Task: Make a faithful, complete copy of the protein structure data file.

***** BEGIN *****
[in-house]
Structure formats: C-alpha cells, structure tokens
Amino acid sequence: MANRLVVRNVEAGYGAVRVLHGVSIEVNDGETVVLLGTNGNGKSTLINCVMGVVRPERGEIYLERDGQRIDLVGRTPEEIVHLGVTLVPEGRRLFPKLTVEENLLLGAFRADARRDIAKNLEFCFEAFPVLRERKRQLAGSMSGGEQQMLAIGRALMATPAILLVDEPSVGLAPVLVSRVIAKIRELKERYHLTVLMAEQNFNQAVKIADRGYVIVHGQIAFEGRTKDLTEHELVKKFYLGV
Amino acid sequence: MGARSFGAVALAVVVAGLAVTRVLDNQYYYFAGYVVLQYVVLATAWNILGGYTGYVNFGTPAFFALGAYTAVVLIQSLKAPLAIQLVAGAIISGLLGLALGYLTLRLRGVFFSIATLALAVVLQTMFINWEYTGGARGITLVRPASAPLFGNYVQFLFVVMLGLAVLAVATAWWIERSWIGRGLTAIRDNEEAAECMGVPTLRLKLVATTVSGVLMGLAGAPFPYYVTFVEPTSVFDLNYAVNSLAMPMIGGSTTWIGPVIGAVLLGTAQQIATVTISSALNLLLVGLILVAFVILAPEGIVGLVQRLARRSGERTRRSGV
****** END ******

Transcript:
[in-house]
Structure formats: C-alpha cells, structure tokens
Amino acid sequence: MANRLVVRNVEAGYGAVRVLHGVSIEVNDGETVVLLGTNGNGKSTLINCVMGVVRPERGEIYLERDGQRIDLVGRTPEEIVHLGVTLVPEGRRLFPKLTVEENLLLGAFRADARRDIAKNLEFCFEAFPVLRERKRQLAGSMSGGEQQMLAIGRALMATPAILLVDEPSVGLAPVLVSRVIAKIRELKERYHLTVLMAEQNFNQAVKIADRGYVIVHGQIAFEGRTKDLTEHELVKKFYLGV
Amino acid sequence: MGARSFGAVALAVVVAGLAVTRVLDNQYYYFAGYVVLQYVVLATAWNILGGYTGYVNFGTPAFFALGAYTAVVLIQSLKAPLAIQLVAGAIISGLLGLALGYLTLRLRGVFFSIATLALAVVLQTMFINWEYTGGARGITLVRPASAPLFGNYVQFLFVVMLGLAVLAVATAWWIERSWIGRGLTAIRDNEEAAECMGVPTLRLKLVATTVSGVLMGLAGAPFPYYVTFVEPTSVFDLNYAVNSLAMPMIGGSTTWIGPVIGAVLLGTAQQIATVTISSALNLLLVGLILVAFVILAPEGIVGLVQRLARRSGERTRRSGV